Last week, the Siya crew reported a twist in the Highlands Park sale saga after Co-director and shareholder Sinky Mnisi decided to take legal action to oppose the sale. However, what are Mnisi’s legal options on the matter?
Although there has been no official comment from the Premier Soccer League as yet, the Siya crew reported late in August that the sale of Highlands Park to Tim Sukazi, subject to ratification from the League, is all but a done deal.
It appears that it was third time lucky for Sukazi in his quest to own a topflight status after failing to secure the statuses of both Bloemfontein Celtic and Bidvest Wits earlier this year.
The Siya crew has learnt via several sources that all outstanding financial securities have been met and that Highlands Park will most likely relocate to Mpumalanga and be renamed TS Galaxy.
The sale of the club’s PSL status is reportedly worth in the region of R30 million, though it excludes Highlands’ top players, in Peter Shalulile and Mothobi Mvala, and possibly Luckyboy Mokoena.
However, this news has not been taken kindly by Highlands’ co-director and shareholder Sinky Mnisi, who has all but indicated that he is taking the legal route to oppose the sale of the club in which he owns a 20% stake.
It is believed that Brad Kaftel, the majority shareholder of the club, is said to have bought both Mnisi and Larry Brookstone out of their stake in the club, before selling it. However, this has been refuted by Mnisi.
Speaking to the Siya crew, prominent lawyer and former footballer, Tristyn Coetsee, has given some legal insight on the matter, and where Mnisi potentially stands.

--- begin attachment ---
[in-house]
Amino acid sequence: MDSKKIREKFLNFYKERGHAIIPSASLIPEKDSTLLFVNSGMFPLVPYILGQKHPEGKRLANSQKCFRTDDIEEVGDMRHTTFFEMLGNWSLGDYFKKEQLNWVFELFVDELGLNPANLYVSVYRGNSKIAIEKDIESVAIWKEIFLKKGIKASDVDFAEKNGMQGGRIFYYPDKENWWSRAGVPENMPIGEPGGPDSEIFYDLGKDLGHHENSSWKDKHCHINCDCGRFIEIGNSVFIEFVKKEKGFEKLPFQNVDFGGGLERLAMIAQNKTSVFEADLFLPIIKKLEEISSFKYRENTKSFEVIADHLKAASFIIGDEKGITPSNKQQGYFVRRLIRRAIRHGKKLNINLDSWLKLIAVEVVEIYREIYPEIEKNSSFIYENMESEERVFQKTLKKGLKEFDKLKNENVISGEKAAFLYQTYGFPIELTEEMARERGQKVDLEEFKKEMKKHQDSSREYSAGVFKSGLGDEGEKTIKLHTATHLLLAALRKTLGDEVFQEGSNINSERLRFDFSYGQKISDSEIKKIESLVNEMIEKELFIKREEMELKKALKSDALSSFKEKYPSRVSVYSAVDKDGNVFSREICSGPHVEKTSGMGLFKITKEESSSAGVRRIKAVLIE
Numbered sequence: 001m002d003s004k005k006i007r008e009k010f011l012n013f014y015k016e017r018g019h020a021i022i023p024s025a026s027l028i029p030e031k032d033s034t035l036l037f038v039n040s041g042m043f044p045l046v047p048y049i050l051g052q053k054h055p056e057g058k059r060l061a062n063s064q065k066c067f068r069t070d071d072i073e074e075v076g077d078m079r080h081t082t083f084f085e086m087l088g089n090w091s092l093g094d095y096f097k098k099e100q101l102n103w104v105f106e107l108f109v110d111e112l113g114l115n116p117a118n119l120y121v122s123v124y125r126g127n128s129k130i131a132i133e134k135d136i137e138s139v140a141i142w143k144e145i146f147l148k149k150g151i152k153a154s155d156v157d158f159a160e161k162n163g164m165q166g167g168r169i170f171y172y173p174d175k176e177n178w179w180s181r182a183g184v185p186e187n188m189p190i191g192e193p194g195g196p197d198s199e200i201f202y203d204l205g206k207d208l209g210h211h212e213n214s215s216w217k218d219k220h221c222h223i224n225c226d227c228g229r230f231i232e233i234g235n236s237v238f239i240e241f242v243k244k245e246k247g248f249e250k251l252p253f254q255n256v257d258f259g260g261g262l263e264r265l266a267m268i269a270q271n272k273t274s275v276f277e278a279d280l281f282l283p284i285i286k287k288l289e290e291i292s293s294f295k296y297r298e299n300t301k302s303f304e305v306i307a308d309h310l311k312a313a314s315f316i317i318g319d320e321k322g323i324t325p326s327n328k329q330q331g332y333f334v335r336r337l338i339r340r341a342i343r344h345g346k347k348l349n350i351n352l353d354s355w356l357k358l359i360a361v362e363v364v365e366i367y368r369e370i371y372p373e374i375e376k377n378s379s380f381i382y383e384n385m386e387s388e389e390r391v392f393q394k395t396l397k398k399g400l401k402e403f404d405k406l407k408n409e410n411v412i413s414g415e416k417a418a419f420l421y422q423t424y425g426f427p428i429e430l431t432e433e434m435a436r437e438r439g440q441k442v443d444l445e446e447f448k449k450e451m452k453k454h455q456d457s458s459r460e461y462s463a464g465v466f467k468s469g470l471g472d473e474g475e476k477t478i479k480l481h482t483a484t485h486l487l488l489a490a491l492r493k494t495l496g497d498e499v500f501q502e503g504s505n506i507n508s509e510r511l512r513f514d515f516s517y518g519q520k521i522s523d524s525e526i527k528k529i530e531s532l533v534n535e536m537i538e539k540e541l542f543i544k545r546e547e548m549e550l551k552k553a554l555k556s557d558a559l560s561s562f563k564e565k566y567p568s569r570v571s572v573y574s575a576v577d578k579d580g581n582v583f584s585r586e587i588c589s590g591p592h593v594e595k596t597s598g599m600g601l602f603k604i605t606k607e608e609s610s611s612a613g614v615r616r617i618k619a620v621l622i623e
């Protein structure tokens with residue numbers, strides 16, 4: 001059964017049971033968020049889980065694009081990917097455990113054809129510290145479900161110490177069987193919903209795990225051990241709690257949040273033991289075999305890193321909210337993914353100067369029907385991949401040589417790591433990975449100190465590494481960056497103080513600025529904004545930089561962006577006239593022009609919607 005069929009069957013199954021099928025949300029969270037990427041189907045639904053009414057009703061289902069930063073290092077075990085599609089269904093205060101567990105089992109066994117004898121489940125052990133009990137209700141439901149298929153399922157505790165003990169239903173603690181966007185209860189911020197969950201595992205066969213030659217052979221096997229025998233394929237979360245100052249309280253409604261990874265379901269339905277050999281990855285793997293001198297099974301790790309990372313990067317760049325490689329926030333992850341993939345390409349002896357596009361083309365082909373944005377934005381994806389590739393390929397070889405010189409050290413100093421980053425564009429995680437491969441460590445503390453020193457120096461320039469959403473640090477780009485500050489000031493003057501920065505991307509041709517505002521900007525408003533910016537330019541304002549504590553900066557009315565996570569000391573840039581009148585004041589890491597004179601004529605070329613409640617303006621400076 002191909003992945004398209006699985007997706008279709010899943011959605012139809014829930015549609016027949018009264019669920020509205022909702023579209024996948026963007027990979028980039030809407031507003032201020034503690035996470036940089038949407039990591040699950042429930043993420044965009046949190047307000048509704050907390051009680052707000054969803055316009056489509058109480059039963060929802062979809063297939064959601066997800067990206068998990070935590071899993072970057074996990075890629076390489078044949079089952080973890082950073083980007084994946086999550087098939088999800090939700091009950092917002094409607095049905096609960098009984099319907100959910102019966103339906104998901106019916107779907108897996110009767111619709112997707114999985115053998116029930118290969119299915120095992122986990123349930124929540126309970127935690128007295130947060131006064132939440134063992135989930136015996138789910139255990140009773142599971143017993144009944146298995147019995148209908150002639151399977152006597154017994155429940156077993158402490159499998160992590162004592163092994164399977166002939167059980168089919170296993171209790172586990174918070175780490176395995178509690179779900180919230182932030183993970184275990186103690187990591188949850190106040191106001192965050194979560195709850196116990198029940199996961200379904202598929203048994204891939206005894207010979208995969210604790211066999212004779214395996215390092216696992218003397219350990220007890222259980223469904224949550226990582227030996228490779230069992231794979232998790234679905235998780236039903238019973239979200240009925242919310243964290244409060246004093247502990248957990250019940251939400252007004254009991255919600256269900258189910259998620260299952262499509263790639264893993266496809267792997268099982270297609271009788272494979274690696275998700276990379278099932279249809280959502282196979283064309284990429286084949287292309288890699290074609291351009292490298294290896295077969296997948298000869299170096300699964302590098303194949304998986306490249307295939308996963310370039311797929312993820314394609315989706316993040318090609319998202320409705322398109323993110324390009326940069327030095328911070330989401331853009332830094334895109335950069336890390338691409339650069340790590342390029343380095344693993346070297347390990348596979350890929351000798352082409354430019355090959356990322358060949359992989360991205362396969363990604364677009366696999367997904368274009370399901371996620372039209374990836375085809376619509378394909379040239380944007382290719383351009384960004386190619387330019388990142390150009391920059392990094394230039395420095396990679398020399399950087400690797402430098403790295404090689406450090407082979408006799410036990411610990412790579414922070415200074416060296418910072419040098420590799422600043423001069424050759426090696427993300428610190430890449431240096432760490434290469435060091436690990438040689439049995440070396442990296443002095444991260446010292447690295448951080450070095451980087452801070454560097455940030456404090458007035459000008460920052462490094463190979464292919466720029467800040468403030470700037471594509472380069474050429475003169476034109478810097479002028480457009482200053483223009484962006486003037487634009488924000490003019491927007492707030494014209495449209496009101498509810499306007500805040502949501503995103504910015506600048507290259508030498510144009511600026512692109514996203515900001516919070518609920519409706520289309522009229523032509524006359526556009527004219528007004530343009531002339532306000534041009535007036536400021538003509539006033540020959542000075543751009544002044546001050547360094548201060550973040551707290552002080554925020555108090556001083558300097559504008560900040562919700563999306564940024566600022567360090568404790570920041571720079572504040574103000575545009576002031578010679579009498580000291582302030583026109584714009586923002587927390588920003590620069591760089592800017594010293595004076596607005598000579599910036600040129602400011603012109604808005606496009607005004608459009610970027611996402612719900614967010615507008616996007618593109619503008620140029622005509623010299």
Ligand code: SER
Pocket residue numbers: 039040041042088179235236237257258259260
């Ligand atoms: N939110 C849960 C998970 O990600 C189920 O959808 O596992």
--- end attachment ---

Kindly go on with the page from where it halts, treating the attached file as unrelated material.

“It would ultimately depend on the contents of the shareholder's agreement and the memorandum of incorporation of the company. The provisions of these agreements would govern what payments would be made, the procedure to buy out a shareholder and so on.
“Obviously Mr Mnisi owns 20%, which makes him a minority shareholder. If he feels aggrieved, he can apply in terms of section 163 of the Companies Act to the High Court, but he would need to prove a number of things to be successful. He needs to prove that the action taken by the other shareholders is prejudicial, and not only that but also that it was unfair.
“I don’t foresee that the process has been prejudicial or unfair because it is governed by the agreements, therefore the process to be followed and agreed upon is in writing, so they would have had to follow proper procedure, which I am sure they did because they wouldn’t go through all the channels of selling the club only to end up failing because the procedure was not followed,” Coetsee explained.